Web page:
Selling Wisdom from Major League Sports Teams

By Brian Gainor and Andres Lares

Major professional sports teams understand how to sell. From “behind the ropes” access before a game to allowing prospects to walk out of the players’ tunnel, teams are constantly experimenting to find what resonates with their sponsors.

What can your sales organization learn from these approaches? The key takeaway is finding ways to make the prospect feel emotionally connected. For example, when the Phoenix Suns take a prospect through the experience of walking from the locker room out onto the court while being introduced over the PA, it reminds that prospect why sponsoring the team is more than just a media buy.

Or when the Chicago Bulls allow a sponsor to bring their own potential clients to stand on the floor during the players’ pre-game huddle and introductions – it makes that sponsor feel like part of the team.

It’s about creating an experience for that prospect that goes beyond the product/service you are selling.

These days, if teams want to sell deals worth millions, they must do four things:

  1. They must demonstrate that they understand the potential sponsor’s goals/objectives.
  2. They must go above and beyond to meet the sponsor’s goals.
  3. They must provide access so the sponsor can tell its story.
  4. They must show how they can deliver a solution that no one else can provide.

If they do these things well, they can land those major sponsors the team needs. Here are some examples of strategies the pros use that any salesperson can incorporate into his approach:

  • Develop a data-driven approach: For example, in the pros, teams must demonstrate how their fan profile matches up with the company’s potential buyers – how it allows them to reach their core target audience. They use market research to tie back to this data and drive new business. Whether it’s market research on your product or statistics from a credible source, leverage the credibility of using data-driven evidence.
  • Personalize the sales pitch in a unique way: One successful European soccer team created a kit using a high-quality wooden box with a piece of grass from their field inside. There’s an envelope with the prospect’s name containing a letter from a high-ranking executive and a USB drive, which has a video showcasing the opportunity – also customized with the prospect’s name. They may send this to a select list of top Fortune 100 brands. If they land one deal, it more than covers the cost. For your next sales campaign, perhaps try spending more time on fewer prospects – making the first impression on each one unique.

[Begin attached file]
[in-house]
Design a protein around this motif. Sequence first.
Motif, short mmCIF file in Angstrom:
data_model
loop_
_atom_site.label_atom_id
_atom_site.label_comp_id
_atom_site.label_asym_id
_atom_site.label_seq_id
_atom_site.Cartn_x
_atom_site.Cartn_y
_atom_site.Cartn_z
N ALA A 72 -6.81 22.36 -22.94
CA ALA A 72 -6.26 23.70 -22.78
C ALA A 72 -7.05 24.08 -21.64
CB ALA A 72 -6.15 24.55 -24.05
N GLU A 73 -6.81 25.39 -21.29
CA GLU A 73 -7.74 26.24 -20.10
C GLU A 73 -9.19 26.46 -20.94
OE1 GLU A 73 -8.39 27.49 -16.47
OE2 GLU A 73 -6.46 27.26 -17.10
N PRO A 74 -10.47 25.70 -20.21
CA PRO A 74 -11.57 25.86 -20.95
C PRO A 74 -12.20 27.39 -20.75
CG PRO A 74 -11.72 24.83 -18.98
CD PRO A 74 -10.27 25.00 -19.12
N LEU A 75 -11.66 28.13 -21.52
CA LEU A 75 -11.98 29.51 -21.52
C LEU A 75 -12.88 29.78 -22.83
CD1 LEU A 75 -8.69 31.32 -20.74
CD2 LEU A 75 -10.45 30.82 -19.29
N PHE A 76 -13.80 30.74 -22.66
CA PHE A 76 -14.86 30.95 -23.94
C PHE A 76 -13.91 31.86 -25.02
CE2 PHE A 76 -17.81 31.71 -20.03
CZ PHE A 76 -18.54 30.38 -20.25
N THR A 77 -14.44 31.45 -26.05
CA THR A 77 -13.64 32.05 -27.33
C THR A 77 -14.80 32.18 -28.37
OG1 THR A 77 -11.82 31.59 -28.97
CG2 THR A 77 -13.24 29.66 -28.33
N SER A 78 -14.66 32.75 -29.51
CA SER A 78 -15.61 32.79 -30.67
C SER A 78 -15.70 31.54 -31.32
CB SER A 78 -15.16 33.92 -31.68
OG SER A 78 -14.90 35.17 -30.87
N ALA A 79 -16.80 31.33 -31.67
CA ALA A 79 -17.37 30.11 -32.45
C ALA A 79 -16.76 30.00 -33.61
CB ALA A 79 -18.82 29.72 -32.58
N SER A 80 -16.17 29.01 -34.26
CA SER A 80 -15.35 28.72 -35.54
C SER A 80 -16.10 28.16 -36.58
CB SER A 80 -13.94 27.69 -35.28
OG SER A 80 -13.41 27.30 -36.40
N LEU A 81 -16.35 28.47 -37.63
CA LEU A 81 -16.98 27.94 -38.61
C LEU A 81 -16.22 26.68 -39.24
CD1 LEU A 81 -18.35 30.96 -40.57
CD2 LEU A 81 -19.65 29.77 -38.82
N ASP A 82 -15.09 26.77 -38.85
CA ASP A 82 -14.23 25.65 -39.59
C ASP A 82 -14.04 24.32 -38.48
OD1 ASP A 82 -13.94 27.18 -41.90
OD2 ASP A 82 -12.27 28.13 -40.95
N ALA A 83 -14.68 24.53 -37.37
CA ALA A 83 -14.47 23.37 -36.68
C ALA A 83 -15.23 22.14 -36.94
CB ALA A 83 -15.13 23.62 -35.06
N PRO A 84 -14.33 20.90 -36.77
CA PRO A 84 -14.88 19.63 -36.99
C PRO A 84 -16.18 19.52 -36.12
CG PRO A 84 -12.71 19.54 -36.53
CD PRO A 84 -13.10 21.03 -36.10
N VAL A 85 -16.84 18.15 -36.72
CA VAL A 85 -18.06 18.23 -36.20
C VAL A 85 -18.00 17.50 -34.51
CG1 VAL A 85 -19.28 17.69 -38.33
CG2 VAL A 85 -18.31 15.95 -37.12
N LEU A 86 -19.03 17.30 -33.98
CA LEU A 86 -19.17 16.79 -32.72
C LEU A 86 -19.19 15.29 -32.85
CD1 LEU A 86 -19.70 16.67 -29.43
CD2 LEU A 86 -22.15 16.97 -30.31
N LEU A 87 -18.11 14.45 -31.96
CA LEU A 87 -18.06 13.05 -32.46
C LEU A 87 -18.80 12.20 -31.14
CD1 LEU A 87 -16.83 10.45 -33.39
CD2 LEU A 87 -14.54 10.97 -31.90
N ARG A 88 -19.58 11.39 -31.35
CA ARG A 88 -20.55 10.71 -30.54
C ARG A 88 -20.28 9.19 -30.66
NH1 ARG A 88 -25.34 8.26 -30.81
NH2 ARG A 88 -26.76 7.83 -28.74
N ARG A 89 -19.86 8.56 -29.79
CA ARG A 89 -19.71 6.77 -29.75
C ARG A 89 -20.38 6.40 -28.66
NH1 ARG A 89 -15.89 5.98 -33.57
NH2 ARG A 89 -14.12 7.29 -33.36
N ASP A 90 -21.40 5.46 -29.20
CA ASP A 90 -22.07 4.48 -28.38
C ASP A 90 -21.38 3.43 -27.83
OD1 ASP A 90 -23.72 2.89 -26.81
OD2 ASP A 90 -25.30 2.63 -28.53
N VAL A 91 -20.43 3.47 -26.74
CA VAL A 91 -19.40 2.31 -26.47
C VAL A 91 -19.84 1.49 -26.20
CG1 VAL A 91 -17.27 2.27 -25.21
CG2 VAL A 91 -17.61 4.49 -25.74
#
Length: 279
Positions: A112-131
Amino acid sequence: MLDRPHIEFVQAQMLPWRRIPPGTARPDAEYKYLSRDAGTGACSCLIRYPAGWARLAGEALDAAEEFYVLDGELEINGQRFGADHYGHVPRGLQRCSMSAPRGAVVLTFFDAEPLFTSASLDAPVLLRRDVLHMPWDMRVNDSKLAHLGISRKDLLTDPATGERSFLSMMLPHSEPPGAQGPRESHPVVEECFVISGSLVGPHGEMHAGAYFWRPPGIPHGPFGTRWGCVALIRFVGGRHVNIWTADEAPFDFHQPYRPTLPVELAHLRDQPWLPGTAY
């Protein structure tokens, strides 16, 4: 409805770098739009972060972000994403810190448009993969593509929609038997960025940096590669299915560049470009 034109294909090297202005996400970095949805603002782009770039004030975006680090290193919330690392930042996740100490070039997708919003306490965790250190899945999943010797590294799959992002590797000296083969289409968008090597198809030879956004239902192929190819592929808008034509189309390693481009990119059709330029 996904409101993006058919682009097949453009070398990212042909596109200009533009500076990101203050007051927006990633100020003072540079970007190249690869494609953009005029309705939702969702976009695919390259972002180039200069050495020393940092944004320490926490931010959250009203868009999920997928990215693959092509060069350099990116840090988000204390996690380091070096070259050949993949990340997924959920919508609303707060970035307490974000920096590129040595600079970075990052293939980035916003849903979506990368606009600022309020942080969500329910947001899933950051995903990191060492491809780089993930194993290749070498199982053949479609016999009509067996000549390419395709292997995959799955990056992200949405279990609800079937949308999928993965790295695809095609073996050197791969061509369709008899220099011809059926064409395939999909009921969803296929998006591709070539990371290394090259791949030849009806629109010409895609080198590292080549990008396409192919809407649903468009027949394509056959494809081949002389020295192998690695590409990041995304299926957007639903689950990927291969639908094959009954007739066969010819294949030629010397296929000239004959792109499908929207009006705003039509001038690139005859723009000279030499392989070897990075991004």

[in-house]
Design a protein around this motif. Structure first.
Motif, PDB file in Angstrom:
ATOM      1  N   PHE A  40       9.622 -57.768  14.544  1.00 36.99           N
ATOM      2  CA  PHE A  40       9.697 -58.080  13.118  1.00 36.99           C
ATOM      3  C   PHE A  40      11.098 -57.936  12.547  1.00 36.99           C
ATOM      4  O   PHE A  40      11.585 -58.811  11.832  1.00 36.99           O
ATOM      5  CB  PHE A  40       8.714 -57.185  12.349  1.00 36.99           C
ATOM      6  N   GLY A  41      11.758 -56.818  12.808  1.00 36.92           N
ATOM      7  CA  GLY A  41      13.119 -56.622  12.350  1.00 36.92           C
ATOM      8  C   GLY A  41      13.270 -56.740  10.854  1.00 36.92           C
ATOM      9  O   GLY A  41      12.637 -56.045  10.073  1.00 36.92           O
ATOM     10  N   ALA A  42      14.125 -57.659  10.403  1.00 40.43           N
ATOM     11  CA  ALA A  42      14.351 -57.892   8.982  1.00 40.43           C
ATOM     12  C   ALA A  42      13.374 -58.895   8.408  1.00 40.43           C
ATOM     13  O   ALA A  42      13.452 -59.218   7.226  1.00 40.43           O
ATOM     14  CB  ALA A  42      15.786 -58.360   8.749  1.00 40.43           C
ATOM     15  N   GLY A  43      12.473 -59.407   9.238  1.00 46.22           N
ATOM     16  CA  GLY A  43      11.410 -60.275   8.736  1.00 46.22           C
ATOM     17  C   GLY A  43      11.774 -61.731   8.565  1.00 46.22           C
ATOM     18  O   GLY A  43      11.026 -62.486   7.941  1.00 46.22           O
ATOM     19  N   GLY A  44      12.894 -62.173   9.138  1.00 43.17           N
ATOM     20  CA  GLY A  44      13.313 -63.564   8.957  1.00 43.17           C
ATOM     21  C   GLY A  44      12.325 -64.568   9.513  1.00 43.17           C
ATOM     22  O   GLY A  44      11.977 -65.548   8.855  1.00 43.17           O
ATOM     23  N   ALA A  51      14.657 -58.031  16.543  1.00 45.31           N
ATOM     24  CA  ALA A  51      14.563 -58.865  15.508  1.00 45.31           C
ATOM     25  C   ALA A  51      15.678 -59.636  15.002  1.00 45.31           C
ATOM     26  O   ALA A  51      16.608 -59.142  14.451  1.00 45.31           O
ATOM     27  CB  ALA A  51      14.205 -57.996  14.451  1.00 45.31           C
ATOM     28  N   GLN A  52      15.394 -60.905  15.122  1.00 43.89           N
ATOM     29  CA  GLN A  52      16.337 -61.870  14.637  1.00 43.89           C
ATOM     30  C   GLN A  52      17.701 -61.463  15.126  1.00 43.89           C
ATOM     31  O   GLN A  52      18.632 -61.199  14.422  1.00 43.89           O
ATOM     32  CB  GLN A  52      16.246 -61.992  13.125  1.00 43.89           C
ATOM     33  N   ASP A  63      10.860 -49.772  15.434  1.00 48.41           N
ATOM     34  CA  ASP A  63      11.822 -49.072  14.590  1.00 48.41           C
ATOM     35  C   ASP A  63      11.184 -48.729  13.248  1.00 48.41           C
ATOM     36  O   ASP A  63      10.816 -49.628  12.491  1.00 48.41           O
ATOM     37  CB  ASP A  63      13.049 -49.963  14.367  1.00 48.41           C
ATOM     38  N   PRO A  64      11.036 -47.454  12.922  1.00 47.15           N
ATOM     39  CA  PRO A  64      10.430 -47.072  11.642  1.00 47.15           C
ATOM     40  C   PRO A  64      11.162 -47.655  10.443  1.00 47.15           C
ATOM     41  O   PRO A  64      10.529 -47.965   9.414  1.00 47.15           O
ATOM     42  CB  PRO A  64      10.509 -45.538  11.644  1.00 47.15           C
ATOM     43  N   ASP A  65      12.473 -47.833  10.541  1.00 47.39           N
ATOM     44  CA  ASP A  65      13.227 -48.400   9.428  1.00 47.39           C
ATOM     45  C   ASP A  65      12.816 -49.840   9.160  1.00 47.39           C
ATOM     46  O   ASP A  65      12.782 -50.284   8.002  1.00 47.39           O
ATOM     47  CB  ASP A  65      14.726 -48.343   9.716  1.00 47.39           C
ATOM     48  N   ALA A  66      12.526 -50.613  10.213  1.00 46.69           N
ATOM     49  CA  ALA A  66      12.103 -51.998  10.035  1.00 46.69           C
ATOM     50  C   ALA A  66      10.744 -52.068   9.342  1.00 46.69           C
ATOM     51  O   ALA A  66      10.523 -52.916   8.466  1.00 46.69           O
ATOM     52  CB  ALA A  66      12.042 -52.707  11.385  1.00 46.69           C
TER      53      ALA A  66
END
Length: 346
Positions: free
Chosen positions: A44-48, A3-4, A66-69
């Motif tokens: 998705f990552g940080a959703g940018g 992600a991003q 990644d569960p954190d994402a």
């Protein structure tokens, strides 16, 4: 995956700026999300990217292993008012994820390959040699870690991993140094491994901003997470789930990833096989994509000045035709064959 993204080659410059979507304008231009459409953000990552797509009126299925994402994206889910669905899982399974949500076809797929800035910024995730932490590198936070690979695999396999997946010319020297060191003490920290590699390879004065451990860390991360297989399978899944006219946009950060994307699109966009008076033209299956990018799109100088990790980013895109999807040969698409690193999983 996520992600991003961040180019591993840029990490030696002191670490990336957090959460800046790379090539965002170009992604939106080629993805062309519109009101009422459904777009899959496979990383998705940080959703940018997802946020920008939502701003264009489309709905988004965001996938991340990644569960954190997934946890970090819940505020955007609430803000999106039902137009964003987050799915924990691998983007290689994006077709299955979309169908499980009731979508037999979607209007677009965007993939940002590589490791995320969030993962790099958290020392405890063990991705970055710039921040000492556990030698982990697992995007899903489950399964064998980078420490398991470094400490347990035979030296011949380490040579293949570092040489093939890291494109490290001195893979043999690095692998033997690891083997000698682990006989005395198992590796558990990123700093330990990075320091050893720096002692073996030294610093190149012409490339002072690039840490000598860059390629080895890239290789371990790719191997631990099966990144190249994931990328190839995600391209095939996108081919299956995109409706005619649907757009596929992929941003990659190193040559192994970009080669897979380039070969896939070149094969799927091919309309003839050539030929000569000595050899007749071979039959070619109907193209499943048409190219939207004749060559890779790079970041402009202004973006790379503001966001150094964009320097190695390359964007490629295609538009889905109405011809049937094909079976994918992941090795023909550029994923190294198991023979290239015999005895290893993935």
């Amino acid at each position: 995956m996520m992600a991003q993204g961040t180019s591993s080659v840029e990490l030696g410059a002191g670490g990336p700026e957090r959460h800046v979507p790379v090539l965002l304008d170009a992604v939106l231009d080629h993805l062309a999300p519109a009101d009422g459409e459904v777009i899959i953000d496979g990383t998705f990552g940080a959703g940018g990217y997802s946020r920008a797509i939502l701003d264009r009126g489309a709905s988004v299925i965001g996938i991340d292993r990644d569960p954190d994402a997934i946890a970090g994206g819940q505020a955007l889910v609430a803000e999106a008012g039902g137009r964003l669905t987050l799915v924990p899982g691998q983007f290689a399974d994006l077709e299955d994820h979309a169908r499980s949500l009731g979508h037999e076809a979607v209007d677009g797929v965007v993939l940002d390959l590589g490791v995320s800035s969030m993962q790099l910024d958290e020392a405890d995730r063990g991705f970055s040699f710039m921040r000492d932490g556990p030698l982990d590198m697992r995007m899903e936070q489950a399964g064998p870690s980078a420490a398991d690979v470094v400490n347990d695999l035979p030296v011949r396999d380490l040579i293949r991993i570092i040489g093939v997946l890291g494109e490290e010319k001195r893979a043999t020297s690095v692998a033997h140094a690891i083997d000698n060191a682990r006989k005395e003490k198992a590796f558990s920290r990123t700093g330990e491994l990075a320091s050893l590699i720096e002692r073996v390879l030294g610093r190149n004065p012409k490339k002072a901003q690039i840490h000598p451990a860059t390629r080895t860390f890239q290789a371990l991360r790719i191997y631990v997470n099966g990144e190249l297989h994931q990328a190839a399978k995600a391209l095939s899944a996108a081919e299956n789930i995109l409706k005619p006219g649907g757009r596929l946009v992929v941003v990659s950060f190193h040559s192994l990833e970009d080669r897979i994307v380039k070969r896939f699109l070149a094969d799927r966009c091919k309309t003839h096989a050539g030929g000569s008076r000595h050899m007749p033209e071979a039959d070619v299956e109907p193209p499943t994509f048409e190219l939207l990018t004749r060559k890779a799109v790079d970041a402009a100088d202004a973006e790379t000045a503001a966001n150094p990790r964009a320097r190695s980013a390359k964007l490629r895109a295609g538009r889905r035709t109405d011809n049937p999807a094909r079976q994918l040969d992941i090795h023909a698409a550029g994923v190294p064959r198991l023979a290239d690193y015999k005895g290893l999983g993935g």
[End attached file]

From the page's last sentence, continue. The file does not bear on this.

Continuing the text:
• Provide access to key stakeholders: One example of this is the Chicago Bulls, who are offering a new corporate partner a VIP experience that features a “Court of Dreams” event with 50 guests playing a basketball game on the Bulls’ floor. This goes beyond the typical into the realm of something you can’t get anywhere else. Maybe in the corporate world, it’s providing an opportunity to have lunch with key executives or access to some type of special event the company may be involved with.
  • Help the prospect see how you’d work together: Show them – by demonstrating through current customers – what it might look like if you were to partner together. Ask happy clients to talk about how the partnership has been valuable to them – showing the prospects how it could be for them. Some pro teams even host B2B summits and bring key prospects in to hear from current sponsors how the partnership has worked for them. The more they can hear from actual clients about how a relationship with your organization has been beneficial, the more likely they’ll be to envision how it might work for them.

When you’re planning your next sales campaign, think beyond the ordinary. Think outside the box about how to provide something that will make the potential customer truly want to be in business with you. Think about how to make the prospect feel emotionally connected so they have to say yes.

Brian Gainor is director of global sports and entertainment consulting at GMR Marketing, and Andres Lares is senior market analyst at SNI.